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In many galaxies the average surface density of molecular gas is much greater than the surface densities of individual GMCs shown in Fig. 8 (right; Helfer et al., 2003). These regions of high surface density can be as much as a kiloparsec in extent. Indeed, about half of the galaxies in the BIMA SONG survey (Helfer et al., 2003) have central surface densities in excess of 100 Modot pc-2. Moreover, regions with high surface densities of molecular gas are invariably associated with dramatically enhanced star formation rates (Kennicutt, 1998). In regions of such high surface density, are there even individual, identifiable GMCs? If so, do they obey the same relations shown in Figs. 6 - 8?

Several recent studies have begun to attack these questions. The only such molecule-rich region in the Local Group is in the vicinity of the Galactic Center where cloud properties were analyzed by Oka et al. (2001). They found that clouds in the Galactic center were smaller, denser and had larger line widths than the GMCs in the Galactic disk. For targets beyond the Local Group, achieving the requisite spatial resolution to study individual GMCs requires significant effort. To date, only a few extragalactic, molecule-rich regions have been studied. Keto et al. (2005) show clouds in M82 to be roughly in virial equilibrium. At the high surface densities of molecular gas observed in M82, this requires clouds to be smaller and denser than those found in the Galactic disk. Similarly, Rosolowsky and Blitz (2005) observed the inner region of the Galaxy M64, which has a surface density of ~ 100 Modot pc-2 over the inner 300 pc of the galaxy. They found 25 GMCs with densities 2.5 times higher, and are 10 times more massive, on average, than typical disk GMCs. This conclusion is quite robust against differences in cloud decomposition because if some of the clouds they identify are in fact blends of smaller clouds, then the derived densities are lower limits, reinforcing their conclusions. In M64, Rosolowsky and Blitz (2005) examine many of the relationships shown in Figs. 7 and 8 and find that all are significantly different.

5.1. GMC Formation in Galactic Centers

The peak H2 surface density in the central 1 kpc of M64 is about 20 times the H I surface density (Braun et al., 1994; Rosolowsky and Blitz, 2005), which is typical of many galaxies (Helfer et al., 2003). In such regions, the formation of GMCs cannot take place by first collecting atomic hydrogen into filaments and then turning the gas molecular. If the gas is cycled between the atomic and molecular phases, as is required by the presence of H2 regions in the central regions of M64, then continuity requires that the amount of time that the gas remains in each phase is roughly equal to the ratio of surface densities at each particular radius. Thus, gas ionized by the O stars must quickly return to the molecular phase, which is catalyzed by the very large pressures in the central region (Section 4). More than likely, the GMCs are formed and destroyed without substantially leaving the molecular phase, unlike what happens in the disks. Indeed, Rosolowsky and Blitz (2005) present evidence for a diffuse molecular component that is not bound into GMCs. Thus it seems likely that, as in galactic disks, the formation of structure (filaments?) in galactic nuclei occurs before the formation of the GMCs. The gas, though, is largely molecular prior to the formation of the clouds.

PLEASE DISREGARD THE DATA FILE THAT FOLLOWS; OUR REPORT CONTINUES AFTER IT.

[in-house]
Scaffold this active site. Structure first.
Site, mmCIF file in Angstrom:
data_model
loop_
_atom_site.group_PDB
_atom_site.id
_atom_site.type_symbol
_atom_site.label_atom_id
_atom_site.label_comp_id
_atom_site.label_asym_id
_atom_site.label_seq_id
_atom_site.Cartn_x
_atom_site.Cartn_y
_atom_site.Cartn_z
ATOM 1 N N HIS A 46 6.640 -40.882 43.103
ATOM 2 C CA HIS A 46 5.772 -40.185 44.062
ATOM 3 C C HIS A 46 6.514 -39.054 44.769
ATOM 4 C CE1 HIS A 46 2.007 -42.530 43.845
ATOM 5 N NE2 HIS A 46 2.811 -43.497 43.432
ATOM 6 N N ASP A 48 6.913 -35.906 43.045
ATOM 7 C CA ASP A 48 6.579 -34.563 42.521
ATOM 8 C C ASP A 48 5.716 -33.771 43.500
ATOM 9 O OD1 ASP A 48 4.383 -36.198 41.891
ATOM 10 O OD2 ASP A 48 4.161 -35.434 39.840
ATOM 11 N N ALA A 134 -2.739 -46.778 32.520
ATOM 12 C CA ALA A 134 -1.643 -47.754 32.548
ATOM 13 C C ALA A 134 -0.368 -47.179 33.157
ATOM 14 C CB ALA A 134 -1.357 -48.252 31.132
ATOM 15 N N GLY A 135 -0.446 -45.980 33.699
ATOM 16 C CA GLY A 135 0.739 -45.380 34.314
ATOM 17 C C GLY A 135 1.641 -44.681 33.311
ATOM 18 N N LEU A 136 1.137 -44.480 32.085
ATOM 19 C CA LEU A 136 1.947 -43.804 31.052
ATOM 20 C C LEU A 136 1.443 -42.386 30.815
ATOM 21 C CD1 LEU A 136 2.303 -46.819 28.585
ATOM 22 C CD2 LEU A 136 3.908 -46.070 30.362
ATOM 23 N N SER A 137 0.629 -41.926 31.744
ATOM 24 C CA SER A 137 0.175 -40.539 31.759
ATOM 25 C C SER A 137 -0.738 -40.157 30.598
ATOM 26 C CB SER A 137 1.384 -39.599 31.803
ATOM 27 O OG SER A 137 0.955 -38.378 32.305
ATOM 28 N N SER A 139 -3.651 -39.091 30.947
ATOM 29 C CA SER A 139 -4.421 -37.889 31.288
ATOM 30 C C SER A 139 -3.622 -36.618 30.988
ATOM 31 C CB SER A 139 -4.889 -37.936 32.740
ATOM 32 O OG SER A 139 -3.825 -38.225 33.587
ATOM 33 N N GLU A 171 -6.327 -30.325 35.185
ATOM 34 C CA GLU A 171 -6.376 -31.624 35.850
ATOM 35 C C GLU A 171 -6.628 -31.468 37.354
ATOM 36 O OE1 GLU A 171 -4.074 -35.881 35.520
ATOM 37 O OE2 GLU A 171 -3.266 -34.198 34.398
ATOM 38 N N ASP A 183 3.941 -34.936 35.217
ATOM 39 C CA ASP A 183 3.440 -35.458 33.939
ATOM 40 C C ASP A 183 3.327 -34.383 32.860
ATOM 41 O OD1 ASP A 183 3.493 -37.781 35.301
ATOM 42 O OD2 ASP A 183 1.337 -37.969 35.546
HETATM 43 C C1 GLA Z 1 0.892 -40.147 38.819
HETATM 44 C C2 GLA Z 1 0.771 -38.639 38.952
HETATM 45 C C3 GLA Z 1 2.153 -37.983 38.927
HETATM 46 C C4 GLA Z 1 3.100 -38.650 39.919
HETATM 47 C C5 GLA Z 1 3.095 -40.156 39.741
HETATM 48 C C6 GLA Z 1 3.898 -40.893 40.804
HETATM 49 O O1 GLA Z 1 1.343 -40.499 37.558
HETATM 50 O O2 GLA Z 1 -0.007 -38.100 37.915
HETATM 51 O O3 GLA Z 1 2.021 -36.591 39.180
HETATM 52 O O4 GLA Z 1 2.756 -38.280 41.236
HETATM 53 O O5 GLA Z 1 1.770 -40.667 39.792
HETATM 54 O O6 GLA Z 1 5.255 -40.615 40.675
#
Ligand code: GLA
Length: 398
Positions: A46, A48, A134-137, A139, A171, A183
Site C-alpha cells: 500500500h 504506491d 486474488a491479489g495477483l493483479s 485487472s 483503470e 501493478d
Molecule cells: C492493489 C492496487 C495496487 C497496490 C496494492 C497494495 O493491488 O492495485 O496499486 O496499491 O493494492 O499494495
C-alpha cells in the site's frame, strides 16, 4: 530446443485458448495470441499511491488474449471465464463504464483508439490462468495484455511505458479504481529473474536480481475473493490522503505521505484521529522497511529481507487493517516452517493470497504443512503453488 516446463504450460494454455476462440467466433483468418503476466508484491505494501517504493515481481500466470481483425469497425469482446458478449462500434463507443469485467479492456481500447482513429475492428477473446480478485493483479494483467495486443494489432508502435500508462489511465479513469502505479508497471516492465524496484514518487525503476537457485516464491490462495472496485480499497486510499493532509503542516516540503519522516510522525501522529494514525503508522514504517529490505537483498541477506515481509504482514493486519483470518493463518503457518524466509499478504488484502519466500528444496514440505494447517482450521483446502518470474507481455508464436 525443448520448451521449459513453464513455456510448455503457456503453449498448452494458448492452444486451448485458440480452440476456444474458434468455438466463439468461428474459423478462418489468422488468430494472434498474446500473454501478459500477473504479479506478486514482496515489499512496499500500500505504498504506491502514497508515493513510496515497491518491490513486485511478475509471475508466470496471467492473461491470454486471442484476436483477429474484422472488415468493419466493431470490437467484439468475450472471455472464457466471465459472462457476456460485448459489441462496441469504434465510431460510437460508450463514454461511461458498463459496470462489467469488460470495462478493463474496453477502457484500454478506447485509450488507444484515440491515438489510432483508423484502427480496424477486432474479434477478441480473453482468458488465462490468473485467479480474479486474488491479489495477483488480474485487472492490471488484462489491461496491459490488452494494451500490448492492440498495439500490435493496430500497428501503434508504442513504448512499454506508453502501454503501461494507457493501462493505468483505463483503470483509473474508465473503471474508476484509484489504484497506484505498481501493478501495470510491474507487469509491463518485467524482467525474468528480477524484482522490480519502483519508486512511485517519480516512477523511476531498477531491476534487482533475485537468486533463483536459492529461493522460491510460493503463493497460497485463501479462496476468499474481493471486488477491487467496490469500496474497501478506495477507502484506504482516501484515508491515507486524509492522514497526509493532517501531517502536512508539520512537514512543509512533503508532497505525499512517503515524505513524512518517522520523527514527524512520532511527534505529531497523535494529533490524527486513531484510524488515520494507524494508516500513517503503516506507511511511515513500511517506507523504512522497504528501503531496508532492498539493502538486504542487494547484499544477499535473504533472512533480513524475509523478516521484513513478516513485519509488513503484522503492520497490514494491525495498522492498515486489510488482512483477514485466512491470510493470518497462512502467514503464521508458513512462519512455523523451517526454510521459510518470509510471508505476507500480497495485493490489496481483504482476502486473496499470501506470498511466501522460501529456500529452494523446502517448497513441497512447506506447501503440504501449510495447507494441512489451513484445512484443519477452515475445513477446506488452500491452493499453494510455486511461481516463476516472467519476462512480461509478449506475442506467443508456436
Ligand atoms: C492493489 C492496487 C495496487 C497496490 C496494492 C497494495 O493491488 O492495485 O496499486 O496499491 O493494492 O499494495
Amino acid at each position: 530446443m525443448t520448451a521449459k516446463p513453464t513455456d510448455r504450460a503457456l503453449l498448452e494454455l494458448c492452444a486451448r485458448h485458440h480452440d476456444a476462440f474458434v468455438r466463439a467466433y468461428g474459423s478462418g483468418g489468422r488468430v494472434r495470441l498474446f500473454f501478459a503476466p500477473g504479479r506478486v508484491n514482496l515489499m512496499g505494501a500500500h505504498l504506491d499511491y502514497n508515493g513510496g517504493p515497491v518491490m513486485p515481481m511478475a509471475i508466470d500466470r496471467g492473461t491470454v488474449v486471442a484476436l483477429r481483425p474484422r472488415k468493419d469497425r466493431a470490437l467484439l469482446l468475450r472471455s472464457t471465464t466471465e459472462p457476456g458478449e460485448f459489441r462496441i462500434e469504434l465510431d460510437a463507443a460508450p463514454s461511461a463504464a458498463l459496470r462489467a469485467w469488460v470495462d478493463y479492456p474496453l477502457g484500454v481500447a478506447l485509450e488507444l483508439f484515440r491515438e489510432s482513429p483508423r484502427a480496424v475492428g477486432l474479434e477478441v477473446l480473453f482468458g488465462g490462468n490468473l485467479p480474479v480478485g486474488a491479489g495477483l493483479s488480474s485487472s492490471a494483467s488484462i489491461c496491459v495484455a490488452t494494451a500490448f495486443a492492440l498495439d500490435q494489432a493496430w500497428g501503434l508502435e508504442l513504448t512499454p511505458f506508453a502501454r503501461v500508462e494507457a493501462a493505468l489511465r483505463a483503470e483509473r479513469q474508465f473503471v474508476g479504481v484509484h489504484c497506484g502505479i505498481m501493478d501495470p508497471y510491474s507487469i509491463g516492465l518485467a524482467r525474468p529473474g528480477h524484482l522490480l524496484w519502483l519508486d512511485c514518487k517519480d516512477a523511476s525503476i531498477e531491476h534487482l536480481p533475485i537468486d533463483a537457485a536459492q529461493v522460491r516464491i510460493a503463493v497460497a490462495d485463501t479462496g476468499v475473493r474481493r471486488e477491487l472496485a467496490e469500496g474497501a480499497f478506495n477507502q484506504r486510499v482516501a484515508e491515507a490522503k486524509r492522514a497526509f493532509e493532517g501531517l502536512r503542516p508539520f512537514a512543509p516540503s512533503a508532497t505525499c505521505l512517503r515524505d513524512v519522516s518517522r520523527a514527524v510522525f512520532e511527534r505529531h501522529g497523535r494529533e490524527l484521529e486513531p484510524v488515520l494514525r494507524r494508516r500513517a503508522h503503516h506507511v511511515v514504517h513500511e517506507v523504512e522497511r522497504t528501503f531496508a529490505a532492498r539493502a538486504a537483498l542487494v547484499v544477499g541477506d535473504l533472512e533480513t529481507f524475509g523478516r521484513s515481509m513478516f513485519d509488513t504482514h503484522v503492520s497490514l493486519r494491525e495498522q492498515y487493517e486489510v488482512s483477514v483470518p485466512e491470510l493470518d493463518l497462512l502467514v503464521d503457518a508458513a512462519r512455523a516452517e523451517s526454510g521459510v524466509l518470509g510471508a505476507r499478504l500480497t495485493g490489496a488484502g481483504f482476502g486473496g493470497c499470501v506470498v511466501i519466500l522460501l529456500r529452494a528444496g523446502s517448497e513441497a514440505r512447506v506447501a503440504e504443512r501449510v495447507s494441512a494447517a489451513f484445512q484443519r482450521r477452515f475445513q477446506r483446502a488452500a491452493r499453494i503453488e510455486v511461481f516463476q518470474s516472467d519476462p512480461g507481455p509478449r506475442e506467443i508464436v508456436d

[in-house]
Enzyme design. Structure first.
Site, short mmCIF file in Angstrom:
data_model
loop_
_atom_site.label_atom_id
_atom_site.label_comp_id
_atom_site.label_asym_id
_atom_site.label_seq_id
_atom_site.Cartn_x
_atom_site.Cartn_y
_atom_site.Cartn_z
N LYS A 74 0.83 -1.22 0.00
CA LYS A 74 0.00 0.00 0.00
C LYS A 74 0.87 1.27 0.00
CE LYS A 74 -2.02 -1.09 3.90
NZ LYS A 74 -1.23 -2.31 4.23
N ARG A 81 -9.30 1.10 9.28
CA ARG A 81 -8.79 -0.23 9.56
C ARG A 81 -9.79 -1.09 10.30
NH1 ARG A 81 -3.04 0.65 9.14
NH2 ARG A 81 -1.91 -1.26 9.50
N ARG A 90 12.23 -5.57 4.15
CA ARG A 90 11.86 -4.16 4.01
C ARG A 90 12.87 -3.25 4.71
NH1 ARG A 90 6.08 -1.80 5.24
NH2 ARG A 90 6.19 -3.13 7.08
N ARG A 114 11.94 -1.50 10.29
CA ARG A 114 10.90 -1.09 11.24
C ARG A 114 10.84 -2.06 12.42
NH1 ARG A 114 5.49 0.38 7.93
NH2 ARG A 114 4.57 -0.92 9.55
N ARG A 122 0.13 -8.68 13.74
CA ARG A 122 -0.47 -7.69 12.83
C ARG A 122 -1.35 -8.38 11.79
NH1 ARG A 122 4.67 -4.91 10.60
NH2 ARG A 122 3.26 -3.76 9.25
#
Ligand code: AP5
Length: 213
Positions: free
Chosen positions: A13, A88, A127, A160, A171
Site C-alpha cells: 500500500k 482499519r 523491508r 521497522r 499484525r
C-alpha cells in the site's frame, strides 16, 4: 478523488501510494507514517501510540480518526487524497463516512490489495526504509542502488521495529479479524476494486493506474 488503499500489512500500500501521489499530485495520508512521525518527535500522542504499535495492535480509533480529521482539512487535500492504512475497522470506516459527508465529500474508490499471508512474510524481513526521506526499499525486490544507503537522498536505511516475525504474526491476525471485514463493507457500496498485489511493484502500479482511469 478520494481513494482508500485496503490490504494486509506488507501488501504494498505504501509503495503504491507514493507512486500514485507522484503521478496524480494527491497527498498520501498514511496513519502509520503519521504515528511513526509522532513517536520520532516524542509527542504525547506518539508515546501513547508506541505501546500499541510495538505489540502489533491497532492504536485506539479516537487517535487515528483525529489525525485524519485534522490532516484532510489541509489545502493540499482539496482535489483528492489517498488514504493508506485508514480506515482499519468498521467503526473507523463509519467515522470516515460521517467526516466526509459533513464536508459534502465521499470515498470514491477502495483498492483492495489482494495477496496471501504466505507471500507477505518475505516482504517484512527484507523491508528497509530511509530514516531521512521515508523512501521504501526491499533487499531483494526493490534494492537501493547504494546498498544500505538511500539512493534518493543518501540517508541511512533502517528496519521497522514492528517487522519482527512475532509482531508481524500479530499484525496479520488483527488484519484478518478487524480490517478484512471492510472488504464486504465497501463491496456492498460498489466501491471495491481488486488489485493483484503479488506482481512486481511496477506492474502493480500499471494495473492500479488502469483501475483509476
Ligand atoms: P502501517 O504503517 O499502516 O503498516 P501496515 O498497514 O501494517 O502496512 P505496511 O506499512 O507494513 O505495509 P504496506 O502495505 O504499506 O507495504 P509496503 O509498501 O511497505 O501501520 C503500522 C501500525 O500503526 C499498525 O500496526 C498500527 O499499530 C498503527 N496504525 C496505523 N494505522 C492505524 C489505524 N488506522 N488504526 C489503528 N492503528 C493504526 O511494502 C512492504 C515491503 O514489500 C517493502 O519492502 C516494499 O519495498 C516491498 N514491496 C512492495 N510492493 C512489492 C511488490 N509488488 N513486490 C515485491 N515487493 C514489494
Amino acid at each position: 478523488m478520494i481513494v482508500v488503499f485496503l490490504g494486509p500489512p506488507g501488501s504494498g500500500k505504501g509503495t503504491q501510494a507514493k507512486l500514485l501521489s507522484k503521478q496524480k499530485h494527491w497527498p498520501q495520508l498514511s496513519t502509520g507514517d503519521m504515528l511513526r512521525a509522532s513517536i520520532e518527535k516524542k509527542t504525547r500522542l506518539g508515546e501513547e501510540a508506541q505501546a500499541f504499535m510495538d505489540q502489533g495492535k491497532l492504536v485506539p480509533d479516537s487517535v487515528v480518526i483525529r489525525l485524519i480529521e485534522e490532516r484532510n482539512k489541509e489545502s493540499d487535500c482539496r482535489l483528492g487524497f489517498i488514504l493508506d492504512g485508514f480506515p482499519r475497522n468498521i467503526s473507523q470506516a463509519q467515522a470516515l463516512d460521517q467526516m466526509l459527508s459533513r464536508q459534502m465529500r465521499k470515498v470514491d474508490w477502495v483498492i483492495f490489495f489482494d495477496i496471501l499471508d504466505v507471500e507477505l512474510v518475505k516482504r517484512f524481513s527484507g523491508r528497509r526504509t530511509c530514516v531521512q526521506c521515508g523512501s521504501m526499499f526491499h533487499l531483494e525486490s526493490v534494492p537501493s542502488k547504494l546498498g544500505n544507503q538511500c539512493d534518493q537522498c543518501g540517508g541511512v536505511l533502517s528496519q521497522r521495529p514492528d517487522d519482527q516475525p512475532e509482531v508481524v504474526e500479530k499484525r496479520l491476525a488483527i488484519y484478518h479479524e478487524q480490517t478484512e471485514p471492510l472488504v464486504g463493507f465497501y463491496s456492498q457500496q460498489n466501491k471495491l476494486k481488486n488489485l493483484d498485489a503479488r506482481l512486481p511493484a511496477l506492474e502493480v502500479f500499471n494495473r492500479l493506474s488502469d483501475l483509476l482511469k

Measuring the properties of individual GMCs in more distant molecule-rich galaxies will rely upon future improvements in angular resolution and sensitivity. At present, some information can be gleaned from single-dish spectra of the regions in multiple tracers of molecular gas. The observations of Gao and Solomon (2004) and Narayanan et al. (2005) show that the star formation rate is linearly proportional to the mass of molecular gas found at high densities (geq 105 cm-3), and that the fraction of dense gas increases with the amount of molecular mass in the system. Since the fraction of molecular mass found at high densities is relatively small in Galactic GMCs, this implies there are substantial differences in GMC properties in these starburst systems.

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